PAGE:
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Are you having trouble sleeping?

November 14, 2022

We all have restless nights now and again. Factors like stress, pain, worry, the temperature in our bedroom and what we’ve eaten or drunk can all have an effect on how well we sleep. Some people regularly have problems with their sleep, however, and this is known as insomnia. Chronic insomnia is when these problems continue over a prolonged period of time. Insomnia is thought to affect around two billion people, according to research from the World Sleep Society (WSS).

Some people with insomnia have trouble getting off to sleep, while others drop off  okay and then wake up frequently during the night, or wake up too early and can’t get back to sleep. It’s possible for the same person to experience all of these difficulties at various times.

Not getting enough rest can have a significant impact on our life and our mental health. As well as leaving us tired and lacking in energy, we can become more irritable and easily upset, and find it harder to concentrate and remember things. In the long term a lack of sleep can negatively impact how well we function, as well as our mental health. It can even contribute to physical health problems such as obesity, type 2 diabetes and high blood pressure.

People with insomnia often experience a ‘vicious cycle’. If someone is under lots of pressure at work, for example, they may find this has an impact on their sleep. They feel tired, but as soon as they lie down their mind starts whirring. They then worry about not getting enough sleep, and have negative thoughts such as: “If I’m tired tomorrow I won’t be able to perform well enough to get everything done.” The more anxious they become the harder it is to sleep.

Improving your sleep hygiene. Sometimes, making some small changes in the bedroom environment and around your sleep-related habits can help you get a better night’s rest.

Go to bed and get up at the same time – even at the weekends. Having a routine is good. Avoid sleeping in the daytime, or just stick to a short nap.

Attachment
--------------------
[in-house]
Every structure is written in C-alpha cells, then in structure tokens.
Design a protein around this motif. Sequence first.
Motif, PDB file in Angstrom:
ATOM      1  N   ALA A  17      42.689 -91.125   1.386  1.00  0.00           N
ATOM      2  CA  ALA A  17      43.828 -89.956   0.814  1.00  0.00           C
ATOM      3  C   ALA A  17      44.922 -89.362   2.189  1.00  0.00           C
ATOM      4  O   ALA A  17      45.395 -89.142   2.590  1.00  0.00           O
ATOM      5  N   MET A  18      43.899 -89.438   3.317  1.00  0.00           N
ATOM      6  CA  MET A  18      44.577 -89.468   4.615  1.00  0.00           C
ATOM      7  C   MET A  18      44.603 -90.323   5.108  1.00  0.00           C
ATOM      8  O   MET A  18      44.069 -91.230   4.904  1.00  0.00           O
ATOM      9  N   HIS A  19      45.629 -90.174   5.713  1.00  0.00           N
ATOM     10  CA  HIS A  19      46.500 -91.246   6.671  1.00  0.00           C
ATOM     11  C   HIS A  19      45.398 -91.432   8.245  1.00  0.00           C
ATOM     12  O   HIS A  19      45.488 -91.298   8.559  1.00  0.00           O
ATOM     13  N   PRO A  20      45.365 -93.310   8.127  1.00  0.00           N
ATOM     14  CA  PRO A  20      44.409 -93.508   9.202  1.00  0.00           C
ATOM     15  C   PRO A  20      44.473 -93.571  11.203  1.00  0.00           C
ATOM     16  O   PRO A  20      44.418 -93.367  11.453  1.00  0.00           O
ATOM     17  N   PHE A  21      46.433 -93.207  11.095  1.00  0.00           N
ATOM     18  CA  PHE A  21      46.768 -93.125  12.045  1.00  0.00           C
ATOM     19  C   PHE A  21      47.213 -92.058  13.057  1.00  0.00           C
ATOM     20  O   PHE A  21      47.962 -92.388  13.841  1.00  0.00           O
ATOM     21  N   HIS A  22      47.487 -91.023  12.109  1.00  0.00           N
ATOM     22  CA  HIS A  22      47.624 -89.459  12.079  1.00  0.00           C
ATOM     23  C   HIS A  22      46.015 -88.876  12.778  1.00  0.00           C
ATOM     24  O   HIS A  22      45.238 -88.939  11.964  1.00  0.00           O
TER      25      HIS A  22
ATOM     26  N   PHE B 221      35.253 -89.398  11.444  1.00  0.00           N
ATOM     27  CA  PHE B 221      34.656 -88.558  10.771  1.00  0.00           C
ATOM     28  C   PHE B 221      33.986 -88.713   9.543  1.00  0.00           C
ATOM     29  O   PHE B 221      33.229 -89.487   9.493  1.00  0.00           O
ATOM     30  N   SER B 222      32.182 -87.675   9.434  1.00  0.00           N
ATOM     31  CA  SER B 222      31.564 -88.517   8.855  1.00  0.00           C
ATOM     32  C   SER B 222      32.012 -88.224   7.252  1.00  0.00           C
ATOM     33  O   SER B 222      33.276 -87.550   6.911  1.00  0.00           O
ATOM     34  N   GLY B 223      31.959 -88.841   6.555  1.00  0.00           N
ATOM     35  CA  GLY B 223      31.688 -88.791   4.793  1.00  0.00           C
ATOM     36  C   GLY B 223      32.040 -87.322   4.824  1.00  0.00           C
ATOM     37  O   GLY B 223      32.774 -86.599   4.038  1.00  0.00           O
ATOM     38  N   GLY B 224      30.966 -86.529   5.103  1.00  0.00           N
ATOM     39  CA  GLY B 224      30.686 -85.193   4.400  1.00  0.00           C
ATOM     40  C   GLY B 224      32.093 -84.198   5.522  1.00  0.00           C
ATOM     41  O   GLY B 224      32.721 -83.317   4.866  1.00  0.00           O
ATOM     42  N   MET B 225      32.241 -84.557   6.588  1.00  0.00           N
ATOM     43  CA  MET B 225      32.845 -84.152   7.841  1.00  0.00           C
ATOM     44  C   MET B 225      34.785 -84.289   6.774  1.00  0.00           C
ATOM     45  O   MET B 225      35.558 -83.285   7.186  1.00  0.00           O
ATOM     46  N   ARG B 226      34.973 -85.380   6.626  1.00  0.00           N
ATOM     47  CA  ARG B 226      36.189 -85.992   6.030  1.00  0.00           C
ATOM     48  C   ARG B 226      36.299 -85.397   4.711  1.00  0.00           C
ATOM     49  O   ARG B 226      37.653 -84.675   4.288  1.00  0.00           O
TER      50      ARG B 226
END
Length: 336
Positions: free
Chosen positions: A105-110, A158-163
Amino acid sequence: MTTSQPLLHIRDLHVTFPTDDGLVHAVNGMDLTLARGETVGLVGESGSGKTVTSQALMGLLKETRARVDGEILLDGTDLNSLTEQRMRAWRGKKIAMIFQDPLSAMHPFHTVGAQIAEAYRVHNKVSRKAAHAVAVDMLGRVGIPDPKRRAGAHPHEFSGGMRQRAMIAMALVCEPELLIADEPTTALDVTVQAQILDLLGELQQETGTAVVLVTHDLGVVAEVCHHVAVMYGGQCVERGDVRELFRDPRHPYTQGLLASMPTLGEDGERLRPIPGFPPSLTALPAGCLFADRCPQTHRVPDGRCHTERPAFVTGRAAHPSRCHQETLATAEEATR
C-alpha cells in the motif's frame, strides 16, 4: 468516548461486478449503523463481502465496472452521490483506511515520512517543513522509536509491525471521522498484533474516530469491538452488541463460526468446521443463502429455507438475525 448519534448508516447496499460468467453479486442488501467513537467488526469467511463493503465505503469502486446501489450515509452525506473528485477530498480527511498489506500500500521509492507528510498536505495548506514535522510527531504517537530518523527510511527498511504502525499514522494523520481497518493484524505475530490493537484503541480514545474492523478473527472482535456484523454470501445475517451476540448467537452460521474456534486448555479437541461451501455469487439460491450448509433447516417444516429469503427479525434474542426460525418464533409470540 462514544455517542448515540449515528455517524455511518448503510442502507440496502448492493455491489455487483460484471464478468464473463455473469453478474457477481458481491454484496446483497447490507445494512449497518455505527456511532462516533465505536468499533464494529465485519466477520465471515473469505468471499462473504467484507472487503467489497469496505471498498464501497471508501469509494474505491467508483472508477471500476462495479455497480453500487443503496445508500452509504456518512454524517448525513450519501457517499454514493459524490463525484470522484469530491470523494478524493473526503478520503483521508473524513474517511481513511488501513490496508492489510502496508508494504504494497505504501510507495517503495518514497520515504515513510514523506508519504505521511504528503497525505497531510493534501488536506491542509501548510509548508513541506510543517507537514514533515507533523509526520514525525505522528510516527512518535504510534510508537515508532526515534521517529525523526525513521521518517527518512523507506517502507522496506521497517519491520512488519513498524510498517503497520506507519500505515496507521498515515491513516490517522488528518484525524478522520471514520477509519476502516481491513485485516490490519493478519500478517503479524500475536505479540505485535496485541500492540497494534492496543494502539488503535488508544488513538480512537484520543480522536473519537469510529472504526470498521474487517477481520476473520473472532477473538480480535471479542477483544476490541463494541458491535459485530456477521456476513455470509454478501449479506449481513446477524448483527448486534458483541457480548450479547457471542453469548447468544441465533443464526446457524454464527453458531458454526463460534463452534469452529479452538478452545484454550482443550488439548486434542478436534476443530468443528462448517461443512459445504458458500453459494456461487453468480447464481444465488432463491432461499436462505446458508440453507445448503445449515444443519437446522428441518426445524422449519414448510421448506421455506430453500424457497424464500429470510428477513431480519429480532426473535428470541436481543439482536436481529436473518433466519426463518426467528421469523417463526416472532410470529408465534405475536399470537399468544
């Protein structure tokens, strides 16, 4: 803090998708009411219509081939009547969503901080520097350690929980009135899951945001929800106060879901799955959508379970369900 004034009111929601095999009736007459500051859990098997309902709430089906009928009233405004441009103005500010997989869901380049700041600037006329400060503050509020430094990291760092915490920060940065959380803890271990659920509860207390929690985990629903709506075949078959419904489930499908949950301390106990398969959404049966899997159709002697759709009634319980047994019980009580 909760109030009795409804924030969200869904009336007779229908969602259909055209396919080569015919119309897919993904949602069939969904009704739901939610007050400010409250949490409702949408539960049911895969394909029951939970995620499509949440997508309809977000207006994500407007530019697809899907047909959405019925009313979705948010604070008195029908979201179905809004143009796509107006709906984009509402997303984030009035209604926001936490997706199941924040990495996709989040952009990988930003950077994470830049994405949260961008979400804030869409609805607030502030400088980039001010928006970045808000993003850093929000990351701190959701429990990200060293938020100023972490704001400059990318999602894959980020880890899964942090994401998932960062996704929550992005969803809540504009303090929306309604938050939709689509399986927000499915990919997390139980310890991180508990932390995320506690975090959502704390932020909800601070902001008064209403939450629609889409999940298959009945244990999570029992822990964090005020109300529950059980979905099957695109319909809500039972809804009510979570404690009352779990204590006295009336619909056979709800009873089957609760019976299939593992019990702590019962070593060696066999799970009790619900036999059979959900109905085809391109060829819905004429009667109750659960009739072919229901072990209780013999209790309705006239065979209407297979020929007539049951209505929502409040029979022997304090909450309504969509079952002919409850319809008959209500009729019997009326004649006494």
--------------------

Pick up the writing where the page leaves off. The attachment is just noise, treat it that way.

Don’t work or watch TV in bed, so your mind comes to associate your bed only with sleeping.

Avoid stimulants late in the afternoon or evening – including caffeinated drinks such as energy drinks, tea, coffee and cola, and also nicotine. Be aware that alcohol can affect the quality of your sleep.

Keep a notebook by your bed, so if you wake up worrying or suddenly remembering something you can write it down and (hopefully) go back to sleep.

Make sure you’re not too full or too hungry when you go to bed.

While keeping active through the day can help you to sleep, don’t exercise too close to bedtime.

Turn off the TV, tablet or phone an hour before bedtime. These are stimulating activities that can keep your brain awake! Swap them for relaxing ones such as having a bath or listening to calming music.

If you haven’t dropped off after 30 minutes then get up, do something else relaxing until you feel sleepy, then try going back to bed.

Above all, try not to obsess over not being able to sleep; if you become too focused on the problem it can end up overshadowing other things in your life and even become a self-fulfilling prophecy.

If you’ve tried all these things and you’re still experiencing insomnia, you might benefit from trying cognitive behavioural therapy (CBT). This can help people with a sleep issue, either as part of treatment for anxiety or depression or by tackling it as a stand-alone problem. In CBT sessions, the therapist will work with the individual to formulate what your own unique vicious cycle looks like.

You’ll then work together on a strategy for changing your beliefs, thoughts and behaviours around sleep. This could involve testing out new behaviours at home in between sessions to help break the cycle.

For instance, someone might believe that if they can’t sleep they need to stay in bed and keep trying. This is likely to make them focus even more on the fact that they’re having problems. They can test this belief by getting up if they haven’t fallen asleep within half an hour and doing something else, then coming back to bed when they feel sleepy.

Find out more about how cognitive behavioural therapy (CBT) works as a treatment for sleep problems here. If you’d like to refer yourself for online CBT with ieso, you can get started by registering here.

ieso Online Therapy
This blog has been written by a member of the clinical team at ieso.
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